Estero Bay Fish

A wide array of saltwater fish species can be found in Estero Bay. Below are some of the most common species that call southwest Florida home and their corresponding regulation seasons and size limits. Regulations are subject to change – check the FWC’s website for the most up to date rules and regulations.

Black Drum

Black Drum | Bonita Boat Rentals
Pogonias cromis
  • Closed Season: None
  • Size Limit: Slot 14″ – 24″ (may possess one over 24″ included in bag limit)
  • Bag Limit: 5 fish per person per day

Very similar to the red drum and sheepshead, the black drum is the largest of the drum species. Like the red drum, its name is for the drumming noise they make when out of the water. Its main identifying characteristic is the barbels on its lower jaw that resemble a beard, used to detect prey while drifting along the bottom. Because it is a bottom dweller, you want to keep your bait on the bottom while targeting this fish. Shrimp or other cut bait are among the most commonly used bait for catching black drum and you’re most likely to find them hiding near dock pilings or in oyster beds. They can grow to be as large as 67 inches and can live to be over 35 years old! The largest catch ever recorded was 96 pounds and caught near Fernandina Beach.

Blue Runner

Blue Runner | Bonita Boat Rentals
Caranx crysos
  • Unregulated Species

Sometimes referred to as the “Blue Stripe Jack,” the Blue Runner is very similar to the Crevalle Jack. While they can reach up to 20 inches and weigh in at 4 pounds, you will most commonly see this fish weigh in at around one pound. They feed on very small fish, shrimp, or squid and usually lurk around floating objects or structures. Mature species may be found inshore, whereas juveniles stay offshore after spawning until reaching adulthood. Found to be a less than desirable table fish, you can use the Blue Runner as bait to catch larger fish, including a monster-sized Snook or Tarpon while fishing inshore.


Catfish | Bonita Boat Rentals
Arius felis
  • Unregulated Species

Perhaps the least desirable saltwater catch is the Hardhead Catfish. Though not considered officially poisonous, incorrect handling of this fish can result in serious injury. Their razor sharp spines and fins will slice through flesh and can even go through a sole of a tennis shoe with relative ease. For this reason, it is of the utmost importance that you handle catfish with extreme caution and never assume you can step on the fish to keep it still while you pull out its hook. We highly recommend cutting your line if you are inexperienced in handling this fish – after all, rigging up another line is much more preferable to spending a day in the ER with a catfish spine through your hand! While they are frustratingly easy to catch as compared to the more prize-worthy fish in the bay, catfish aren’t all bad. Use them as bait for tarpon or cobia and remember that to be a true angler is to show respect for all members of our beautiful ecosystem.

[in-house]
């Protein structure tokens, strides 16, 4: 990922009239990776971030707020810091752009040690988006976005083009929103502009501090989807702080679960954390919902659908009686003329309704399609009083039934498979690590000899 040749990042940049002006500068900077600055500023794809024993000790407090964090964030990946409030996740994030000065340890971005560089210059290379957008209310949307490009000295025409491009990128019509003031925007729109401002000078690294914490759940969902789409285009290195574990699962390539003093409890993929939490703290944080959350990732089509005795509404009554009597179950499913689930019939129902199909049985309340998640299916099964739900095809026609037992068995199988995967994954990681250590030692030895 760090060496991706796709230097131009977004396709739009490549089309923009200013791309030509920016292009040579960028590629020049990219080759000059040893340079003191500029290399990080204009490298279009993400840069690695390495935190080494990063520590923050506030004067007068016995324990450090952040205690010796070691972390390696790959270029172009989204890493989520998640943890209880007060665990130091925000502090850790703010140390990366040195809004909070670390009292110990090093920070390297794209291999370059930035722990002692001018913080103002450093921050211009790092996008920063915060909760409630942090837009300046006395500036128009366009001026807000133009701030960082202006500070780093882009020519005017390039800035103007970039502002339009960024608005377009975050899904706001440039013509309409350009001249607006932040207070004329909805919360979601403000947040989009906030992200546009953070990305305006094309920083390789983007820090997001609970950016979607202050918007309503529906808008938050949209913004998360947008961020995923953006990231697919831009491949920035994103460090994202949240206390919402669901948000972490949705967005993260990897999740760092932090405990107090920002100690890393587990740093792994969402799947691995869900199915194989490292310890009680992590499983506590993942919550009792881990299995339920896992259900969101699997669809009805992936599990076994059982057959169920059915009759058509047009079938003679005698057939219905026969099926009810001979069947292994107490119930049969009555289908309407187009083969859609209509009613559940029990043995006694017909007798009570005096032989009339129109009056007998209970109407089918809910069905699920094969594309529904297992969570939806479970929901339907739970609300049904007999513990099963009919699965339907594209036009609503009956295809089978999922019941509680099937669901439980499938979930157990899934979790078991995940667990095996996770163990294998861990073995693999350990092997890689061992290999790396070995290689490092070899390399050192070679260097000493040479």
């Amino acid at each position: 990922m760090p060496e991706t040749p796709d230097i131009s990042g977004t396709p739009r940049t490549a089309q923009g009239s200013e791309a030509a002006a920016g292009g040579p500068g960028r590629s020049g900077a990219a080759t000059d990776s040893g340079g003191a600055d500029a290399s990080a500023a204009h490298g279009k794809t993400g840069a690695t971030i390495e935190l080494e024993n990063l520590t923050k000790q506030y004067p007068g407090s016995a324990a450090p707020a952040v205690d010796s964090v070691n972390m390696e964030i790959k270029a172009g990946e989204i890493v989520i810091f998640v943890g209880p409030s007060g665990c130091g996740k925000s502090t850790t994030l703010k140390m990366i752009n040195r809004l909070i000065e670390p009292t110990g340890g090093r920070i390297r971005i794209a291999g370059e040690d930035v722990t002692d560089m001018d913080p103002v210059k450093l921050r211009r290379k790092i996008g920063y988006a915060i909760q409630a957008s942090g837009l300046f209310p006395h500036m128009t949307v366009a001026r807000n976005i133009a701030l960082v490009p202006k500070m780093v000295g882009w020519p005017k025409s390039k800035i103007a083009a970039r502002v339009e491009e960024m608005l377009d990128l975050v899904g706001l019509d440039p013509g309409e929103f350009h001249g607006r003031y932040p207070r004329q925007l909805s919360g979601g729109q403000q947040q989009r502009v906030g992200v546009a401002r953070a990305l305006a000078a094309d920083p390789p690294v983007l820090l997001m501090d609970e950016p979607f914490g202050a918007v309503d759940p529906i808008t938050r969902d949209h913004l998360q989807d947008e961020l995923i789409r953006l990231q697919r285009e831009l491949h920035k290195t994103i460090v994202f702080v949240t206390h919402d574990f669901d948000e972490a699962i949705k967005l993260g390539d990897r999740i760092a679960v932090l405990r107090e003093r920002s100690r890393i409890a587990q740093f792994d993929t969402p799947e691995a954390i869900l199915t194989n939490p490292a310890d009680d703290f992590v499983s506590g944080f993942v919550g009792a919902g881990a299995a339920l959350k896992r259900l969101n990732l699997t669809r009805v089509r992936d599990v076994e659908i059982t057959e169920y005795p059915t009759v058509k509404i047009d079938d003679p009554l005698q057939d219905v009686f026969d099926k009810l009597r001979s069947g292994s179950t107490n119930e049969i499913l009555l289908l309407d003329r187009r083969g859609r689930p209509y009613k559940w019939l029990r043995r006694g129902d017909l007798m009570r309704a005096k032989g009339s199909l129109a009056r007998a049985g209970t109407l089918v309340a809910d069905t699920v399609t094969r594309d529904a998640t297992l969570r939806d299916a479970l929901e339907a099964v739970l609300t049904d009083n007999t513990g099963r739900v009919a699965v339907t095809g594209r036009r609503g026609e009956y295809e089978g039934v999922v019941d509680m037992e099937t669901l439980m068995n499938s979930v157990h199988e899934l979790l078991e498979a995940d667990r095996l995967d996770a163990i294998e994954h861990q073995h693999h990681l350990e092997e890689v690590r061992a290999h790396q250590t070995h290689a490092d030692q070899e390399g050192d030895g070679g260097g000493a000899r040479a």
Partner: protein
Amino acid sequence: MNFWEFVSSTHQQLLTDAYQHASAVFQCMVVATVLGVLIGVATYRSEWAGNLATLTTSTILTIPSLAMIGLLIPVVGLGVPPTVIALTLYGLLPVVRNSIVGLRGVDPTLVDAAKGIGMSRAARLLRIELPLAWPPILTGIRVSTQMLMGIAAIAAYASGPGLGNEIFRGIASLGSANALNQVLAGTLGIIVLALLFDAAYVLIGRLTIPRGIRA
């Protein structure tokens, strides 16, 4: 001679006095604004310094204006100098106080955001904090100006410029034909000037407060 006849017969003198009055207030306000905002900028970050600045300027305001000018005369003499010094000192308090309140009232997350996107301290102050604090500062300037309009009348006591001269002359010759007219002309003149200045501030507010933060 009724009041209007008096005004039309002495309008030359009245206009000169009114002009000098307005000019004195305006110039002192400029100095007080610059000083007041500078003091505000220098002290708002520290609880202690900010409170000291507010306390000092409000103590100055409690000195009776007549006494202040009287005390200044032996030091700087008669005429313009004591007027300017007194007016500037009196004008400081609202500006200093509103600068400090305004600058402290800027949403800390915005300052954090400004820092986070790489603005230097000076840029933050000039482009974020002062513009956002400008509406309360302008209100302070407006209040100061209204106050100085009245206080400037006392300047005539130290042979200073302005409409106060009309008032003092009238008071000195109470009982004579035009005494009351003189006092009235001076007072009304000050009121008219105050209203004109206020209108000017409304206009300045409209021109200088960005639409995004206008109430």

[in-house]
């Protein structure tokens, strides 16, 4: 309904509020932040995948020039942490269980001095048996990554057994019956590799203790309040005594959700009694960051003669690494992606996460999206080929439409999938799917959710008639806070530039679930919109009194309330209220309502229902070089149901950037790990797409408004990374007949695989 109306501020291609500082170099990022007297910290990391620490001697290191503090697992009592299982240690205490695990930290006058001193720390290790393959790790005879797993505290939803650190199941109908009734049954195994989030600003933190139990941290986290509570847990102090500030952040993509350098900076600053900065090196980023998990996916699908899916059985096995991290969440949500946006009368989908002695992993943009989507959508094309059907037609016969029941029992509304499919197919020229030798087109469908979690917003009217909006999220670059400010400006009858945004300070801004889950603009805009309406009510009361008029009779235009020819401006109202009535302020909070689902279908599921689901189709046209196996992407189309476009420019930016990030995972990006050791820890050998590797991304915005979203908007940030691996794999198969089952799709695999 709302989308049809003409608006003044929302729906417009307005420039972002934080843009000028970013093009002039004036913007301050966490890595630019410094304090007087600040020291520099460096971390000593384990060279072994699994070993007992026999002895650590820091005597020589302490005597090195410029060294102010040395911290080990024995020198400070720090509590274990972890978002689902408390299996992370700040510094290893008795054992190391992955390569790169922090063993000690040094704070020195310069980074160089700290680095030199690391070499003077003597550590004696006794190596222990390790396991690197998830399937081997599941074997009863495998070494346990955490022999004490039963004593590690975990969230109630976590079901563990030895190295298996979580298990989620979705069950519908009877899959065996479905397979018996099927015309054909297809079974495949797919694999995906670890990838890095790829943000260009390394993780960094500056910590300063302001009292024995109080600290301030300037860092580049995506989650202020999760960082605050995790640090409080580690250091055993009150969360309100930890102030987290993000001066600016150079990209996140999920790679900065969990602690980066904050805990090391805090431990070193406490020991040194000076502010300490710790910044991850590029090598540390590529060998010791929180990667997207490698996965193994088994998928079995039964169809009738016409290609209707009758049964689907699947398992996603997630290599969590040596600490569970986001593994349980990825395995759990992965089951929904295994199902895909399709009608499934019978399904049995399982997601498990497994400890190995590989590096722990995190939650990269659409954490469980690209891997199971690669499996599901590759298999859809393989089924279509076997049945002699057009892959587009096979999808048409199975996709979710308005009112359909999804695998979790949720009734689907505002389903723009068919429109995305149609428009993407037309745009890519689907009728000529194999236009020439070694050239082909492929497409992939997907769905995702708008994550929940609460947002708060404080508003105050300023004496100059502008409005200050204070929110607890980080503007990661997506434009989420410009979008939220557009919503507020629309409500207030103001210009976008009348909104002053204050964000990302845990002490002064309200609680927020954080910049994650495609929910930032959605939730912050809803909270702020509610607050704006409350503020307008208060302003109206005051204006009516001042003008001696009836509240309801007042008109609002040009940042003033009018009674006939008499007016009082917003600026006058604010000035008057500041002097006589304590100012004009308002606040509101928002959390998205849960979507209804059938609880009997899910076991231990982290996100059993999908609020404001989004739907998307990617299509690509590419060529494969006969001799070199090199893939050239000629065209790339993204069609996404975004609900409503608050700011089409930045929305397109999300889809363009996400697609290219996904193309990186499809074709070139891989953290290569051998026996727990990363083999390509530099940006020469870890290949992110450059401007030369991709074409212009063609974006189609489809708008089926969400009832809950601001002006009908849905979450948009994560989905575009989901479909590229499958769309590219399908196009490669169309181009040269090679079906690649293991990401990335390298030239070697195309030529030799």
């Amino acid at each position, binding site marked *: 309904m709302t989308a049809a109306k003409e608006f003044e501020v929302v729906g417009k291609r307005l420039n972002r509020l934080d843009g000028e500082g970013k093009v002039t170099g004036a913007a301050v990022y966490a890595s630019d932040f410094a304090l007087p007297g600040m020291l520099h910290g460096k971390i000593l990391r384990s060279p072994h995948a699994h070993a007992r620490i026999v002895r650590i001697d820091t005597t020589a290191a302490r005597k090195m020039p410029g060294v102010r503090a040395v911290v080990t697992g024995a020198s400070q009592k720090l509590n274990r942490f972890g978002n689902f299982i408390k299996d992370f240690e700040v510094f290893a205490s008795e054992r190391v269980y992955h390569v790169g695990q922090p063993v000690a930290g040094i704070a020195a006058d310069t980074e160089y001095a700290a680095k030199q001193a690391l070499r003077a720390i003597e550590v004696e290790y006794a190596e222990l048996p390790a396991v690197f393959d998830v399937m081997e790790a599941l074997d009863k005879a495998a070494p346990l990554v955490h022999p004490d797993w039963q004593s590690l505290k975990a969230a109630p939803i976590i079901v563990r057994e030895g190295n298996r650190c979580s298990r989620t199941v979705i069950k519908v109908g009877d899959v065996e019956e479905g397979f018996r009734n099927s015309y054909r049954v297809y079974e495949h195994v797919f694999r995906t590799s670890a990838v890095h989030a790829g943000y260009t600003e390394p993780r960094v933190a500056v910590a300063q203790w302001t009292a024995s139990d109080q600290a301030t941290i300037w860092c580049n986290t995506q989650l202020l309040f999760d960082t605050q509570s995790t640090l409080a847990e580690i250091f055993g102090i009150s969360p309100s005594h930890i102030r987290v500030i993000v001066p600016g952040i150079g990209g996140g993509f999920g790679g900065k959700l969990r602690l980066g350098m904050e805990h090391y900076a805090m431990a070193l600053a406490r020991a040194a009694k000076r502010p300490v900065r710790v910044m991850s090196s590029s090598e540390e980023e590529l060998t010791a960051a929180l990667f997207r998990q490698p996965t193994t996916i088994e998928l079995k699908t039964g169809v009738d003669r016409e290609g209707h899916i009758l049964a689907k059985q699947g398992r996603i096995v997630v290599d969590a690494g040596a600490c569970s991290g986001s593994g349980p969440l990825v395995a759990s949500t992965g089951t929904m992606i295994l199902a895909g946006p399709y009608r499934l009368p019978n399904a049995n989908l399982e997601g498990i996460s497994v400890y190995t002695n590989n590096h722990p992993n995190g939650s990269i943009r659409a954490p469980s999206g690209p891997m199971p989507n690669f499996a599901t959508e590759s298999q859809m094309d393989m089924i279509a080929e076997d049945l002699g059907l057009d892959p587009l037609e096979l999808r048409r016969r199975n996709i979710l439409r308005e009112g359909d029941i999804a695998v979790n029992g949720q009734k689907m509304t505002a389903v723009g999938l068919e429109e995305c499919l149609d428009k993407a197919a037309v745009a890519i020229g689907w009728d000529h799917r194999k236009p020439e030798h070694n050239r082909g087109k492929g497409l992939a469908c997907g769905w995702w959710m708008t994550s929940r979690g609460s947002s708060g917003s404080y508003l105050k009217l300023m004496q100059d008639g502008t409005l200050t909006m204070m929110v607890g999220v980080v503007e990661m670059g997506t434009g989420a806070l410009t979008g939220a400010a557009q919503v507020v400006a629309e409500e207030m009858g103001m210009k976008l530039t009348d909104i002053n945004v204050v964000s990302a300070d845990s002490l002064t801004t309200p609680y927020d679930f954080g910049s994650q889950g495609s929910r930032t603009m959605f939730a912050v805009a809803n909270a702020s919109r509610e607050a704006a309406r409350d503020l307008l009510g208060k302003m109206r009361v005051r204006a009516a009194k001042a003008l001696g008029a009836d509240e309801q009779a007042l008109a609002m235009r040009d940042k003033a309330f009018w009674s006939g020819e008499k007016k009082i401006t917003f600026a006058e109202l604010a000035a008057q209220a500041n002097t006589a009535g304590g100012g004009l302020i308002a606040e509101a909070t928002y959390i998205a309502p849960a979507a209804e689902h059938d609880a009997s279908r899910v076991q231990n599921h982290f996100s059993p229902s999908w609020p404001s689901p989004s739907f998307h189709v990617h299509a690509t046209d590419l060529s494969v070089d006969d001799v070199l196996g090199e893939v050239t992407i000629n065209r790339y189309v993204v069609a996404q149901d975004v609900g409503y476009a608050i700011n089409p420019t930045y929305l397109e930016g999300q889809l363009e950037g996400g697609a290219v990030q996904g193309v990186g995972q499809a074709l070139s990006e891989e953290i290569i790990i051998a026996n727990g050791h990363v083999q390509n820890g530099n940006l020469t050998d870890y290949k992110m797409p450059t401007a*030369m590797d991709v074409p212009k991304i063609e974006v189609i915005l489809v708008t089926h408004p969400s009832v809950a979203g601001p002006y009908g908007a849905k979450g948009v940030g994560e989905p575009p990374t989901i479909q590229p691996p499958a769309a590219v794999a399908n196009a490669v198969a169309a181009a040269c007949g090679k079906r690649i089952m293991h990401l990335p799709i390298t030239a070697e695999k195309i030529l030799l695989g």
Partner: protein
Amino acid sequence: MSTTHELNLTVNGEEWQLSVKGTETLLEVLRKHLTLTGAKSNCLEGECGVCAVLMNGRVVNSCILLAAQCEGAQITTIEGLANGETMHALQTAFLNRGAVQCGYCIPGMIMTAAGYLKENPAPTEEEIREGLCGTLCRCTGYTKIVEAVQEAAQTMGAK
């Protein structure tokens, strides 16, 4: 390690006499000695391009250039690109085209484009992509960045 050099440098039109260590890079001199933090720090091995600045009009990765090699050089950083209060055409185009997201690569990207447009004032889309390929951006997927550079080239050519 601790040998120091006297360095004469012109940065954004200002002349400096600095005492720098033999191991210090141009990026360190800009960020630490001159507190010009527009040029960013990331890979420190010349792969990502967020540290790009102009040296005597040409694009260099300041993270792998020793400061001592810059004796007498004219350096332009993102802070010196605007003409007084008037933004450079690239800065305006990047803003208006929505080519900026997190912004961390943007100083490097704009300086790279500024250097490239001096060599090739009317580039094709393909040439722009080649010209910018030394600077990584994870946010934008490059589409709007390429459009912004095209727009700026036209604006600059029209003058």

Cobia | Bonita Boat Rentals
Rachycentron canadum
  • Closed Season: None
  • Size Limit: Minimum 33″ fork length
  • Bag Limit: 1 fish per person per day or 2 per vessel, whichever is less

Shaped long and thin like a torpedo, many an angler will say the cobia fights like one too. Both exciting to catch for sport and excellent table fare, cobia is a much sought after fish, especially given that it lives in tropical waters all around the world. We see this fish the most once the waters to the north of us get above 68 degrees and they make their way to Southwest Florida’s warmer waters come October. Highly mobile, this fish lives a mostly solitary life in open water but is also found inshore in small groups. Once inshore, they frequent buoys and channel markers, as well as any other free floating object where they prey on shrimp, small fish, and crabs. Catch this fish with nearly any kind of live bait, but you may get especially lucky if you rig up a pinfish or blue runner.

Crevalle Jack

Crevalle Jack | Bonita Boat Rentals
Caranx hippos
  • Unregulated Species

Few fish put up as fun a fight as the Crevalle Jack. This is the most common of the local jack species, found both inshore and offshore in varying rates of salinity. Smaller jacks cruise inshore waters in large schools while the larger ones prefer to hunt in pairs offshore. Shrimp and other small live bait interest this jack the most. When targeting bigger Crevalle, use the most lively bait available as this fish gets bored quickly by anything that appears unnatural. Though their strong-tasting meat is undesirable to most palates, eating smaller-sized crevalle has become somewhat popular.

Florida Pompano

Pompano | Bonita Boat Rentals
Trachinotus carolinus
  • Closed Season: None
  • Size Limit: Minimum 11″ fork length
  • Bag Limit: 6 fish per person per day

A member of the jack family, the Florida Pompano puts up a fight nearly as fun as that of the Crevalle Jack. Much better tasting than its more common cousin however, pompano is a fine dining staple in Florida and a prized catch in Estero Bay. Find pompano near sandy shorelines, oyster bars, and seagrass beds as this fish prefers murky water conditions. Migration patterns send this pompano down to our waters come December or January, once water temperatures up north have gone below their favored 70-80 degrees. The pompano’s diet consists mostly of shrimp, sand fleas, and crab – so be sure to use those as bait when targeting this fish.

Gag Grouper

Gag Grouper | Bonita Boat Rentals
Mycteroperca microlepis
  • Closed Season: June 1 – Dec. 31
  • Size Limit: Minimum 24″ total length
  • Bag Limit: 2 per person within 4 grouper aggregate bag limit